Panning for gold in North Carolina
Panning for gold at the 
Reed Gold Mine in 
Midland, North Carolina.
The Gold Bug mine in California
Gold was discovered in Coloma, California, on January 24, 1848. Eight miles away in Big Canyon Creek, prospectors found so much gold they could pick it up from the stream. How easy was that! Miners' huts lined the creek during those early years. Best of all, every spring the creeks and rivers brought down a new "crop" of gold. It came from quartz rock outcroppings higher up that washed away. 
Susan K. Marlow at the Gold Bug Mine in California
The Gold Bug was my inspiration for the Midas mine in Tunnel of Gold.
Later, when the placer (surface) gold panning didn't turn up much gold, hard rock mining came into being. These pictures show the inside of the Gold Bug Mine in Placerville, not too far from Big Canyon Creek. The Hattie Mine was its original name, named for the mine owner's oldest daughter. How would you like someone to name a gold mine after you?

Learn more about the Gold Bug Mine. You can even take a short video tour!
Check back often for new additions! 
I bet your mother would not find this joke very funny. Back in 1857, a gold camp called "Gibsonville" was the center of things for a radius of about 15 to 20 miles. There were not a lot of women in mining camps, so some girls married as young as fifteen. They had babies too. Well, it didn't seem quite right that only the husbands should dance with these girls at the big Fourth of July ball, seeing as there were so few women. So the girls were given special permission to dance with the single miners that day.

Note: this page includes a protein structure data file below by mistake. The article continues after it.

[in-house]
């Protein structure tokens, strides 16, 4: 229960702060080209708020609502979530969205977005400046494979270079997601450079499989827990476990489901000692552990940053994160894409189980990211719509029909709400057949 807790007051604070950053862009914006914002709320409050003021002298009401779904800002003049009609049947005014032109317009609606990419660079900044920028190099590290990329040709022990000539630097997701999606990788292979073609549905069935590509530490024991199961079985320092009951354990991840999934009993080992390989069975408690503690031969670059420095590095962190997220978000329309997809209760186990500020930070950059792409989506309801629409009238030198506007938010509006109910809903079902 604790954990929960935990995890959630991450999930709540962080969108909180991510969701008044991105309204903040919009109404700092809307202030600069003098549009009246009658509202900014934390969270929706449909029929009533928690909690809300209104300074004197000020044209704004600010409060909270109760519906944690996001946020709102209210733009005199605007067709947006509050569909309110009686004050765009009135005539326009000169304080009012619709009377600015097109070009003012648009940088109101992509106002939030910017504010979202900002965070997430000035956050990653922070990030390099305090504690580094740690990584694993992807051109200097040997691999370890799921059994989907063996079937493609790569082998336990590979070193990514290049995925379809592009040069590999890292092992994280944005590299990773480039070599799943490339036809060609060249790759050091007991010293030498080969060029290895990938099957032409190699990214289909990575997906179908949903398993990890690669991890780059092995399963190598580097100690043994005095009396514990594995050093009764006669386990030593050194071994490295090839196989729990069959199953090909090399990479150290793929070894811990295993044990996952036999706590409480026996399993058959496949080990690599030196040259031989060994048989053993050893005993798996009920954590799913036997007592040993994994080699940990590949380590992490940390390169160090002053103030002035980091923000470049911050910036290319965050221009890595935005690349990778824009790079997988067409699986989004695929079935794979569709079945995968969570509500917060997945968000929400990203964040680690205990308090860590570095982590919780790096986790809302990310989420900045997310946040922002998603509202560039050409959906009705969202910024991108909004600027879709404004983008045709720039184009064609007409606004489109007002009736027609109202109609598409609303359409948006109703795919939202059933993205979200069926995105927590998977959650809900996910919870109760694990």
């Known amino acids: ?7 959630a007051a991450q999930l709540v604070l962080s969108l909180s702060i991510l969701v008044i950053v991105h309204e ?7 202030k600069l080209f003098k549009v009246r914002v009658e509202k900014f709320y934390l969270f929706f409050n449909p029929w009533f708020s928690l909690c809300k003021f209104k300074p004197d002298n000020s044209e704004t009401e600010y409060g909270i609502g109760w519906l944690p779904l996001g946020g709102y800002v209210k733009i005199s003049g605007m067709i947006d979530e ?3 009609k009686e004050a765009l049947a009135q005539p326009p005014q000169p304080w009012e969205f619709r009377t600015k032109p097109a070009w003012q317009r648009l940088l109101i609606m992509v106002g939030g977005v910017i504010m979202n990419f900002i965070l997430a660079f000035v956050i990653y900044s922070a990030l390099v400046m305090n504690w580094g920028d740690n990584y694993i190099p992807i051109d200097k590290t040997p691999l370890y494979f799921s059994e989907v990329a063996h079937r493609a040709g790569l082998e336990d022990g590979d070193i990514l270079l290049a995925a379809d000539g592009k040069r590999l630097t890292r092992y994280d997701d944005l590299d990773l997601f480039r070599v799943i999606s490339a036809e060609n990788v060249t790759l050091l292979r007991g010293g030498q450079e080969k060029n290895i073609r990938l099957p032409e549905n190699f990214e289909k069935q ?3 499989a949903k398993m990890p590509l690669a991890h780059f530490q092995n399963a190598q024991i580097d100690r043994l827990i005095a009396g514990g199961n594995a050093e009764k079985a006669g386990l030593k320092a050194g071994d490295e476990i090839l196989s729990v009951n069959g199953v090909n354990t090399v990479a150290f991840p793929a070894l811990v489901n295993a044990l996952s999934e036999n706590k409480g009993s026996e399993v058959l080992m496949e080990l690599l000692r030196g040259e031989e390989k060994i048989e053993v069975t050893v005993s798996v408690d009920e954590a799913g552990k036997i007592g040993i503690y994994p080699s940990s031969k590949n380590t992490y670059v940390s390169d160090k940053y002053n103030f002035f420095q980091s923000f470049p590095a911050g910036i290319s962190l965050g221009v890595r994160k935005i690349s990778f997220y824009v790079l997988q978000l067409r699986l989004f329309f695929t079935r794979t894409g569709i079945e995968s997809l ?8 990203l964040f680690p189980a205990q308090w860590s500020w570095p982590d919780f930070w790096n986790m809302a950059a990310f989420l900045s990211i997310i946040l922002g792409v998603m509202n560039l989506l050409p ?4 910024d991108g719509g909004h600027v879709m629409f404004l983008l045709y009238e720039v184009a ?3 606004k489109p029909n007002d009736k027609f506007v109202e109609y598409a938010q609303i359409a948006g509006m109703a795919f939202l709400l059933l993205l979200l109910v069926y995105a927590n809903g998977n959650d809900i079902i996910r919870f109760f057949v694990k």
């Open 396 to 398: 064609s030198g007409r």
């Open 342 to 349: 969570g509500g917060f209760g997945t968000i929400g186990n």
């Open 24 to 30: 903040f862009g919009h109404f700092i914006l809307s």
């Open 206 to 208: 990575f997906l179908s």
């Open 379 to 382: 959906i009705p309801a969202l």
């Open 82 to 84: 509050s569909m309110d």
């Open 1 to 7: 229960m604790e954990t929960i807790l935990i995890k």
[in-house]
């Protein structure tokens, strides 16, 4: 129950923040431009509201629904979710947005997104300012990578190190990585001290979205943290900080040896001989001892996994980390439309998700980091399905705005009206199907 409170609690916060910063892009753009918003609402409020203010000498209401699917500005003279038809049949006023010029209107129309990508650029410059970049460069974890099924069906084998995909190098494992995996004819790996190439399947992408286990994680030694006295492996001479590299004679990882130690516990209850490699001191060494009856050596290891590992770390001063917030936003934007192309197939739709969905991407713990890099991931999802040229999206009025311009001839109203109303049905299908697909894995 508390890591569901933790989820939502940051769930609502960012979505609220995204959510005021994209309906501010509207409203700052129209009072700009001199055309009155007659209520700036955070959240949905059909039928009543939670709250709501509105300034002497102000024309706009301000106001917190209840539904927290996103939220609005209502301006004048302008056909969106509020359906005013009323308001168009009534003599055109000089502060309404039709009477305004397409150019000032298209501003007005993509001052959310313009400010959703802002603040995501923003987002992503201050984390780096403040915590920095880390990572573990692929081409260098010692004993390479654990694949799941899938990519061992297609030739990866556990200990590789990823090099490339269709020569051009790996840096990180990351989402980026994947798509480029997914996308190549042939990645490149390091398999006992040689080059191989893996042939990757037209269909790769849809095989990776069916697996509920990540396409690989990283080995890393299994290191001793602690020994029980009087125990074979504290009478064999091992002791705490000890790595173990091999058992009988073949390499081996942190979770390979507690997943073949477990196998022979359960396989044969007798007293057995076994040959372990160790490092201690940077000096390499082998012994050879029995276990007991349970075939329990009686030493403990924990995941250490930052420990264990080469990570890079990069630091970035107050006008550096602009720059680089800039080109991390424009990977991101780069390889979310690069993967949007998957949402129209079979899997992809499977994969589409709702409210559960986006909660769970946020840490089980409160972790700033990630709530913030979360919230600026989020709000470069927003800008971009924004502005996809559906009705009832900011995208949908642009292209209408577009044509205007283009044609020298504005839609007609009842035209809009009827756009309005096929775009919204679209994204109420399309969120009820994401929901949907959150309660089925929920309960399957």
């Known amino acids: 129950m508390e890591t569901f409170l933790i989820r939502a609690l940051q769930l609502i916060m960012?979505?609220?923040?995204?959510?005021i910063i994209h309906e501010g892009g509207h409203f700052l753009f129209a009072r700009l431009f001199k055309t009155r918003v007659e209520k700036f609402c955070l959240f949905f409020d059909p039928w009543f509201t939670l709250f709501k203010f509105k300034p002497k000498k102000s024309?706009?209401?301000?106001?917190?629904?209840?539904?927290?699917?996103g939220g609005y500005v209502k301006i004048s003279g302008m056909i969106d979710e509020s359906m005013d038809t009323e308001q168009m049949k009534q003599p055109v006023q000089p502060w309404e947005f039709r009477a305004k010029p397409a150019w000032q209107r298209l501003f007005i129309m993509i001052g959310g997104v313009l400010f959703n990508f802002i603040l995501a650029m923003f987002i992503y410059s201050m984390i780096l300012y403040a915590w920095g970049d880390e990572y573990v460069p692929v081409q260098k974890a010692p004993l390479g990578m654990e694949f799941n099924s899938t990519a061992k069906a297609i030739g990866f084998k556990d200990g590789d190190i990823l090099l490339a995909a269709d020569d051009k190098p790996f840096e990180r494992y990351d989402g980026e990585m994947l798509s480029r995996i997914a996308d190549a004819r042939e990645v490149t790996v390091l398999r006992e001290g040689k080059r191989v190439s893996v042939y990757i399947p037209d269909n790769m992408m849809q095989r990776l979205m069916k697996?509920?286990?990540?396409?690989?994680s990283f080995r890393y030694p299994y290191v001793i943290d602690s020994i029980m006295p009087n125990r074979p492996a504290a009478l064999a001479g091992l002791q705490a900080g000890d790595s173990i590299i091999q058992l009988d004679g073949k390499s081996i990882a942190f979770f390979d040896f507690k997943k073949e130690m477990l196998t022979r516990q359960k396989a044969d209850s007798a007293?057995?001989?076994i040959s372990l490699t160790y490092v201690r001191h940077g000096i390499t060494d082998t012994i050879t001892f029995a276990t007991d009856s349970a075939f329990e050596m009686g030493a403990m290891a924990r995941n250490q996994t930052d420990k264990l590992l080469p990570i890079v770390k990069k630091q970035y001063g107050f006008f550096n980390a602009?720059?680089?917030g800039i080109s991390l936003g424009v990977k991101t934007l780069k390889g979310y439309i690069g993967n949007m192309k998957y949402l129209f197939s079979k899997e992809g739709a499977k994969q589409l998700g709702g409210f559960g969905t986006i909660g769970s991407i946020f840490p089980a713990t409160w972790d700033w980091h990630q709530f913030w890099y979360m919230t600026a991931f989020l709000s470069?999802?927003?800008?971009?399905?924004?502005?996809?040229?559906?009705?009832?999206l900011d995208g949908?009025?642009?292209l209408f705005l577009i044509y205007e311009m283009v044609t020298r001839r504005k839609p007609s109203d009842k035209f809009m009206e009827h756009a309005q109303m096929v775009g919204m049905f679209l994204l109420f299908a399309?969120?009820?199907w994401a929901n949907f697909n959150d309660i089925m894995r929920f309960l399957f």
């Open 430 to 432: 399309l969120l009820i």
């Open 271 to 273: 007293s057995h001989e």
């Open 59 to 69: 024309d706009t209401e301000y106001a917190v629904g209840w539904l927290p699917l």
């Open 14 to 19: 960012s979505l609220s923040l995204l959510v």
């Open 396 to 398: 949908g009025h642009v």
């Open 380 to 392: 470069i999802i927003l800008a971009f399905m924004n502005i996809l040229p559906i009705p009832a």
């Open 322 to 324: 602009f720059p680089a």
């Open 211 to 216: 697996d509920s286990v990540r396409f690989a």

Folks came from miles around. Fifty young mothers came, and brought their babies along. A special place in the hotel was set aside for them and the babies. Hundreds of miners came to the big party too, but many of them never got a chance to dance with a pretty, young mother. Sorely disappointed, they thought of a plan to "get even." A number of them went to the rooms where the babies lay sleeping. They mixed them up, so no mother--in her hurry to grab her baby and head home--would take home the baby she had brought. They left the blankets alone and switched only the babies, so everything looked nearly the same.  

Believe it or not, the joke worked wonderfully well (for the miners; not for the mothers). The tired mothers scooped up their babies and blankets and hurried home. Can you imagine the shock when they got home (some maybe ten miles away) and found the wrong baby in their arms? It took several days to straighten the whole mess out. The miners got a good laugh. Not so much the mothers. Or . . . maybe they laughed too. After all, original "amusements" were the only type of entertainment available to the early California prospectors. 
The Miner's Ten Commandments
​“The Miner’s Ten Commandments” were first written in 1853 by James M. Hutchings (1818-1902), and first published in the Placerville Herald newspaper. If you would like to read them, click here: THE MINER'S TEN COMMANDMENTS. (They are a lot of fun to read.)

The commandments have been paraphrased from the original, long-winded document and updated (“you” instead of “thou”) to make them easier to understand and enjoy. Do they give you an idea of what life was like for lonely miners thousands of miles from home?  

You can read the commandments in their entirety by clicking on this link: San Francisco virtual museum.
Miners' Ten Commandments